Women are awesome. Cyclists are awesome. But who are the most awesome women cyclists? We’ve put together a list of our five favourites. Who else belongs in this list? Tell us in the comments!
Beryl Burton was a British women’s road cyclist. In fact, for two decades or more she was the British Women’s road cyclist. Burton won everything it was possible for a woman to win on a bike, including 90 domestic championships and seven world titles.
One of our favourite cycling legends is attributed to Burton, who set the 12-hour distance record in 1967, surpassing both the previous women’s and men’s records. The story goes that while out on that record beating ride she actually passed another rider, Mike McNamara, on his way to setting the equivalent men’s record miles. Old Beryl is reputed to have given him a liquorice allsort as she passed before leaving him in her dust. McNamara ate the sweet.
Burton also gets 10 extra awesome points for rocking the name Beryl like a boss.
She’s fast, she’s Dutch, she’s won all there is to win in road and CX – she is Marianne Vos. Few riders living or dead have ever held such dominance over the competition that they could really lay claim to the title of ‘greatest cyclist of a generation’. Vos can.
Here’s some fast and furious on bike footage of ‘the Cannibal’ bossing it around Paris at last year’s ‘La Course’. At about 40 seconds she hits a gap, grabs the wheel of the German champ then drops everybody in the final metres.
Give yourself 10 awesome points if you can name Vos’ home town. Clue, it begins with an apostrophe.
Not quite a ‘pro’ bike rider, but most certainly an impressive woman who definitely believed in the power of two wheels to change the world, Frances Willard was a suffragette, an author and a bicycle advocate. She wrote a book called ‘A Wheel Within a Wheel: How I Learned to Ride the Bicycle’, which explained her perspective on cycling as a way for women to gain independence, develop confidence, and be seen by men as equals in skill.
On the massive popularity of cycling at the end of the 19th century she had this to say: “Tens of thousands who could never afford to own, feed and stable a horse, had by this bright invention enjoyed the swiftness of motion which is perhaps the most fascinating feature of material life.” Amen, Frances, amen.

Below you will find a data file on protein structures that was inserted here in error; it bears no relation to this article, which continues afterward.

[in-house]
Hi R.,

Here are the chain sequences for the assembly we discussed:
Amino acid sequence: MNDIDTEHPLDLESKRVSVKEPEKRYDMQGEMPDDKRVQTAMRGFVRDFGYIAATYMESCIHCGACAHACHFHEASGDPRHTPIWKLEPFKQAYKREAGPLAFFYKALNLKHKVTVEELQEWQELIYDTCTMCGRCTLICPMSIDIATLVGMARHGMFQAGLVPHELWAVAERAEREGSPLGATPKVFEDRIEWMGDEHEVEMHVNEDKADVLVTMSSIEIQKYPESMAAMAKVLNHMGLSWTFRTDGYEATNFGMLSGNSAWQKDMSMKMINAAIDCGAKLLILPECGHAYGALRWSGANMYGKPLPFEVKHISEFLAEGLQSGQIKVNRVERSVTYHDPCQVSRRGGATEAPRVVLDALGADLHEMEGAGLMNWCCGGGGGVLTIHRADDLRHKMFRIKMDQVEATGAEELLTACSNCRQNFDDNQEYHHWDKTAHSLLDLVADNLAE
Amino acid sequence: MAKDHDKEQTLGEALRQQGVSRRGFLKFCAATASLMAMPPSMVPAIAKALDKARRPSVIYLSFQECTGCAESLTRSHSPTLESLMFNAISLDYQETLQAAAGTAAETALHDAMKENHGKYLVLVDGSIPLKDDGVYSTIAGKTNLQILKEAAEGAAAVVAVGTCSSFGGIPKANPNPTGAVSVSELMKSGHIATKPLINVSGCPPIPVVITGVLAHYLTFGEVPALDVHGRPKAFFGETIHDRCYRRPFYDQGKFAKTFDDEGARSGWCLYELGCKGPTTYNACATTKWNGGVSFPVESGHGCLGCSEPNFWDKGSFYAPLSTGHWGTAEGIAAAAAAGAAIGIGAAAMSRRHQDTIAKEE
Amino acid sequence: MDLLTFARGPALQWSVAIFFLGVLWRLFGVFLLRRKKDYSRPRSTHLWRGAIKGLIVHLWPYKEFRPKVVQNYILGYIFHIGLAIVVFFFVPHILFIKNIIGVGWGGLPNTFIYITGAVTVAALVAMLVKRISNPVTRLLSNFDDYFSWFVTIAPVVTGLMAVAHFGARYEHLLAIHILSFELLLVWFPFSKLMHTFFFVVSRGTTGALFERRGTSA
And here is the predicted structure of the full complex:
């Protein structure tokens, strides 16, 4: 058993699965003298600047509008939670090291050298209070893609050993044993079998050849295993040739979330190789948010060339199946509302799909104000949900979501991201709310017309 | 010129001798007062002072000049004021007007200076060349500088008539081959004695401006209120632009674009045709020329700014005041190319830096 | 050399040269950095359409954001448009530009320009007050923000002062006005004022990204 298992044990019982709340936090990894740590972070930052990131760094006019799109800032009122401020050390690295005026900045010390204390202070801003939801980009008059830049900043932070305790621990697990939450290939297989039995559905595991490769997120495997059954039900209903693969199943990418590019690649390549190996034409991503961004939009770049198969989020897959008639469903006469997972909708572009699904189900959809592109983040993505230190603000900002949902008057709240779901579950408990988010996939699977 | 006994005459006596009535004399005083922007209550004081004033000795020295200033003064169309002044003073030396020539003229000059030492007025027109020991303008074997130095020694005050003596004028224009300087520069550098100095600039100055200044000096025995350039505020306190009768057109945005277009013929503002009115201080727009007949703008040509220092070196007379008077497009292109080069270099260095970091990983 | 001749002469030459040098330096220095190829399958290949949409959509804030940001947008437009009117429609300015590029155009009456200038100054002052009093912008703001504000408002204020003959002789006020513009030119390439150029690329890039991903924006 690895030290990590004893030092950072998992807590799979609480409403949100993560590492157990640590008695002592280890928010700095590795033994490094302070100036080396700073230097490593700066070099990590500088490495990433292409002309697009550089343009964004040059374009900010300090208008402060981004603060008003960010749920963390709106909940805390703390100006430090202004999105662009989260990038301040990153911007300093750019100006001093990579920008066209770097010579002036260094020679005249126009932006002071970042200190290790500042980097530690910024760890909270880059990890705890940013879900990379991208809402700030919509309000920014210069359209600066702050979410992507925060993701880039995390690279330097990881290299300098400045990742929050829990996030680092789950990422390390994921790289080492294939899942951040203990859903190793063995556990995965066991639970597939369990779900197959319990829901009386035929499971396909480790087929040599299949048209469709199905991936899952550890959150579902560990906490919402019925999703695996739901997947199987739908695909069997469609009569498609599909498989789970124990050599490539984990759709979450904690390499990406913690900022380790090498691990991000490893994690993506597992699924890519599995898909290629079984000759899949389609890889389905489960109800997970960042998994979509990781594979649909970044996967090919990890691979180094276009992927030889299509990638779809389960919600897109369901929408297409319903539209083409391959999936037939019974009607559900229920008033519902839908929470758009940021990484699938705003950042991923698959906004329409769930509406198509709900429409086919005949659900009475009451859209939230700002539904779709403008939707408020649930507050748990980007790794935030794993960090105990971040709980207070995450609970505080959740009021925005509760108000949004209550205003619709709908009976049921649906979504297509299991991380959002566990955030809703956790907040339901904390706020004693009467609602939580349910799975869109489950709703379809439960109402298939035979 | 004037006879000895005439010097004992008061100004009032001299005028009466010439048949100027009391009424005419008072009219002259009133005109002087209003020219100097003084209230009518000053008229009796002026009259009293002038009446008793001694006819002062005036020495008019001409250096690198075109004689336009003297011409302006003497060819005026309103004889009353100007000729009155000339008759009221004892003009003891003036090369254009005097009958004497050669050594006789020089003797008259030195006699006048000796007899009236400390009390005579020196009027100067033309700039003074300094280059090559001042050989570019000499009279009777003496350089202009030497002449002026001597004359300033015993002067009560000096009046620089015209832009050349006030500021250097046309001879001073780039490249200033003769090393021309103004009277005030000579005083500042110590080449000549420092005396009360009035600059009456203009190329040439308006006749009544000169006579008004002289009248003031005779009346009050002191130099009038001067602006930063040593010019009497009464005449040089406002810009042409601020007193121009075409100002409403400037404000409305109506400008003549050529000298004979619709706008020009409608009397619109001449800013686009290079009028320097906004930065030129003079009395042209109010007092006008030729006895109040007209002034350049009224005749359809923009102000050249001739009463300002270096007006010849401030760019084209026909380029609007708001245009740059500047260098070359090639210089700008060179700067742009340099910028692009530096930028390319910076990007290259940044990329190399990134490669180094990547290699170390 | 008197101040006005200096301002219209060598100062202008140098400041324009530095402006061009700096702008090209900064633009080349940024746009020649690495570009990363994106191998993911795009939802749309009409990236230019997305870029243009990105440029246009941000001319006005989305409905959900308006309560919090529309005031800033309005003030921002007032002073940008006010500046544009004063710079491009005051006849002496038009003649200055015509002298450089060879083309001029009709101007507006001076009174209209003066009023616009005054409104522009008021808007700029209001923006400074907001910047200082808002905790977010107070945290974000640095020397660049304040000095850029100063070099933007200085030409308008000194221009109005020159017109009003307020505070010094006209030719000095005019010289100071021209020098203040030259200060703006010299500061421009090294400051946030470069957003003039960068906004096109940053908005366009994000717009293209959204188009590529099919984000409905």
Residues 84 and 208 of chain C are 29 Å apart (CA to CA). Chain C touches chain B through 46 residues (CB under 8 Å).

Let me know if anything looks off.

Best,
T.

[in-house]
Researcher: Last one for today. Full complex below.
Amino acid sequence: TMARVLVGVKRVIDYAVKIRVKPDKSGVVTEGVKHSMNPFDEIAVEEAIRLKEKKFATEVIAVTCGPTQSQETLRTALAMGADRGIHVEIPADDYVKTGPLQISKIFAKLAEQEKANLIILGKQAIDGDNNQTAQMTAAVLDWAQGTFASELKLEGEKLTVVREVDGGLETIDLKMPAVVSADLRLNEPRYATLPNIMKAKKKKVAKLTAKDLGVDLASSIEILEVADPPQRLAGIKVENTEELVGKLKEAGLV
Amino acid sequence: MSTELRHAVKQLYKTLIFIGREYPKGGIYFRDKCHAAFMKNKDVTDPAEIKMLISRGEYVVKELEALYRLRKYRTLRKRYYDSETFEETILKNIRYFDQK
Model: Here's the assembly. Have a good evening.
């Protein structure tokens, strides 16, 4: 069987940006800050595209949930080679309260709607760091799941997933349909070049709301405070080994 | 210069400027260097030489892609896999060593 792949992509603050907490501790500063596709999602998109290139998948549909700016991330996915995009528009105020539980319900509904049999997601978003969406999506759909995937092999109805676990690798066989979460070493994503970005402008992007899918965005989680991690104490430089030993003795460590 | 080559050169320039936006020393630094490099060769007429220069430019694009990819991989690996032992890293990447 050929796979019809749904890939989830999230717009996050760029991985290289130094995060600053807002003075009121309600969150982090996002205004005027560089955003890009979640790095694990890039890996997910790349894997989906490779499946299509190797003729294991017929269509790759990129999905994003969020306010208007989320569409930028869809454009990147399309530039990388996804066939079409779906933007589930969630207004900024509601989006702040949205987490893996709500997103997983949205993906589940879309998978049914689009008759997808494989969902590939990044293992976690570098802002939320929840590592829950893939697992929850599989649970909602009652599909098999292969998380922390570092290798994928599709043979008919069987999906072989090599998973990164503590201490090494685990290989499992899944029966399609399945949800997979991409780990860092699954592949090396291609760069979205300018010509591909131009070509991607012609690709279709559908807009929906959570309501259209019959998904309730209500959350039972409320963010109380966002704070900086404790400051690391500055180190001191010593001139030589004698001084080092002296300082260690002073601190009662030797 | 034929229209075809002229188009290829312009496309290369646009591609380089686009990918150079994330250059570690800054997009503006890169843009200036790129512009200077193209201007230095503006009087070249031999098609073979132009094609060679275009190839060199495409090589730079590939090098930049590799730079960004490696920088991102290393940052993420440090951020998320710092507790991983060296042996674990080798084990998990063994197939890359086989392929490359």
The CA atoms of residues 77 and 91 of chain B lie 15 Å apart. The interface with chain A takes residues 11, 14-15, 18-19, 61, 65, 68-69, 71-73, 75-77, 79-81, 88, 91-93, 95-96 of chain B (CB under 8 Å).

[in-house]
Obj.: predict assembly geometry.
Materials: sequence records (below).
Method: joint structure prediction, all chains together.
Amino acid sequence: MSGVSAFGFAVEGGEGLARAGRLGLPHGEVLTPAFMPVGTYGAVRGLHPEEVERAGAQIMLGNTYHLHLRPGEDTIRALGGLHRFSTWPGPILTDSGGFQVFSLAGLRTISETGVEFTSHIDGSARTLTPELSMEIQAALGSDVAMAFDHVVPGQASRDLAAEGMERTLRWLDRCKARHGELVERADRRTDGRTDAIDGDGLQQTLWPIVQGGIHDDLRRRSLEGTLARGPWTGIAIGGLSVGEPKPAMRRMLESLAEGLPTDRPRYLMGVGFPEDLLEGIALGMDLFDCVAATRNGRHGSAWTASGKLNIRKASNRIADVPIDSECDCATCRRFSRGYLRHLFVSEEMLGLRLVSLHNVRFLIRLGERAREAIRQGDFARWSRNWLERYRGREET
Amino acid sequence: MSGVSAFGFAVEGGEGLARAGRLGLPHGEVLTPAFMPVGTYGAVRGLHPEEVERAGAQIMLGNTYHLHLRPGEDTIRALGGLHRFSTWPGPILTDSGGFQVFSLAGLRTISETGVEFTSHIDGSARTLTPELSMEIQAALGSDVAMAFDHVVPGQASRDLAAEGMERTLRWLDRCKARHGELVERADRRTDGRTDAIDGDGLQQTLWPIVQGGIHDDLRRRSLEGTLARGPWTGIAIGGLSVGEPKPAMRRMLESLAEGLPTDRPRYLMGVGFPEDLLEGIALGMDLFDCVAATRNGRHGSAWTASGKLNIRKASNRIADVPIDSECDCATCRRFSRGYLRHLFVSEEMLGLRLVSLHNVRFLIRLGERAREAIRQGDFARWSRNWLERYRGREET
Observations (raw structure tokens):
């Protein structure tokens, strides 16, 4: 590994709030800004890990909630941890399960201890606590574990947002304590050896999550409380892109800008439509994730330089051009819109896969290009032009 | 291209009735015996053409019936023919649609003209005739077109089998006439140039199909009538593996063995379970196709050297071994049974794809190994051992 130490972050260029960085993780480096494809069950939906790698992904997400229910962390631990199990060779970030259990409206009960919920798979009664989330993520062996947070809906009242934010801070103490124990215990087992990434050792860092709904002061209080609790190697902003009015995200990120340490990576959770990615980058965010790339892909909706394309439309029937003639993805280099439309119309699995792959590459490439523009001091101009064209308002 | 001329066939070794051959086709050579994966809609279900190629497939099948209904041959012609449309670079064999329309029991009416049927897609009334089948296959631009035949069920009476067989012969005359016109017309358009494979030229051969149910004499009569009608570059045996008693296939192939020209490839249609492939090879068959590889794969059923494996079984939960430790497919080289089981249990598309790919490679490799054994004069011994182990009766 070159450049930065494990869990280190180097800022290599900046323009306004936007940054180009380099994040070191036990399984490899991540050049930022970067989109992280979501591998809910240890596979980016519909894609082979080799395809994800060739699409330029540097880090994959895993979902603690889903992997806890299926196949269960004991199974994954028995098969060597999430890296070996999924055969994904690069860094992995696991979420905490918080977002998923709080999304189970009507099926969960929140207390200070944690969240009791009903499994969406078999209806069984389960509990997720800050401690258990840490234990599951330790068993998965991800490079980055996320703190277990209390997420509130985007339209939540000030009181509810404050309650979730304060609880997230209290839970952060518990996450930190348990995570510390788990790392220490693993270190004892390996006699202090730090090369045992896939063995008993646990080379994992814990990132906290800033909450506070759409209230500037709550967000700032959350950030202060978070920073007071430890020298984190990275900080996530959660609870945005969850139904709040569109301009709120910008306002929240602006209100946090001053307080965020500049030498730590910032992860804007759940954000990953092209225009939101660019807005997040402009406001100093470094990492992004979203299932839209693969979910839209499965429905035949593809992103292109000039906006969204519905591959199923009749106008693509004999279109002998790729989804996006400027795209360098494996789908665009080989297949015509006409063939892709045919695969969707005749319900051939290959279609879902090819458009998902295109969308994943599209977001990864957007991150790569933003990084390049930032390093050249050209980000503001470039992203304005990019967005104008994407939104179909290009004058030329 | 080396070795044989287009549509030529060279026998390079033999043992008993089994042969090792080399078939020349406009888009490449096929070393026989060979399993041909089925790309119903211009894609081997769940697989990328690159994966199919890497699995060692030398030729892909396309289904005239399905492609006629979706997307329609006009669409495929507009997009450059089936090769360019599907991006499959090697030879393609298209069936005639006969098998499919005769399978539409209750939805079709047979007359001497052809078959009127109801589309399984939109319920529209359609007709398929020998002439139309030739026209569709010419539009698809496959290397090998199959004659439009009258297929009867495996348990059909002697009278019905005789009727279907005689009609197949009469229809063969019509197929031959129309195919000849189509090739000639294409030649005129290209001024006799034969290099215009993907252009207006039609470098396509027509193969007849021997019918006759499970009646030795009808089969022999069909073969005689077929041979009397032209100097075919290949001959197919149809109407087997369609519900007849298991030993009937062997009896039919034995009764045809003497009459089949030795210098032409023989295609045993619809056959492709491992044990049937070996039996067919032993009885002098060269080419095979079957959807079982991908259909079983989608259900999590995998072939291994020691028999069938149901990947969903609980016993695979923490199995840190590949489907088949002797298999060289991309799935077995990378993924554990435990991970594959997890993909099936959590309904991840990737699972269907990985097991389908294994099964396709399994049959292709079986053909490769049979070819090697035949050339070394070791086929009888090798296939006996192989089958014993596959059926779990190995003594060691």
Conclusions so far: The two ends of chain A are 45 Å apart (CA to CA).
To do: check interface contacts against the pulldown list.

With the potential to become the best out and out track rider Britain has ever produced, the diminutive Laura Trott is a specialist when it comes to the omnium and team pursuit. She’s got 14 national titles titles to her name, two Olympic golds, 10 euro championships and five sets of rainbow bands too. The most terrifying part, she’s only 22.
Trott is beloved by the British public, not just for her uncompromising attitude on the track, but for her bubbly personality away from competition. Who could forget the snap of her chugging Heineken with Prince Harry at London 2012, or this refreshingly honest and perfectly unscripted interview from 2013. Skip to the 1:30 for the best story about sausage pasta you’ll ever, ever hear.
We love her a bit.
Annie Londonderry’s story is so impressive it’s actually a total nightmare to retell. There are so many details, angles and incredible aspects that you don’t want to miss out, we could end up writing a thousand word essay on her exploits alone.
Here are the essentials. Born in Latvia in 1870, she was the first woman to ride a bicycle around the world. When she set off from Boston in the United States she had never ridden a bike before. Londonderry was not her real name, she ‘sold’ her surname to the Londonderry Spring Water company to raise sponsorship cash. Her trip was called “the most extraordinary journey ever undertaken by a woman” by one New York newspaper. She visited France, Egypt, Jerusalem, Yemen, Sri Lanka and Singapore en route around the world, before sailing back to California. She even entered (and won) a few local races on her way back to the east coast of the US.
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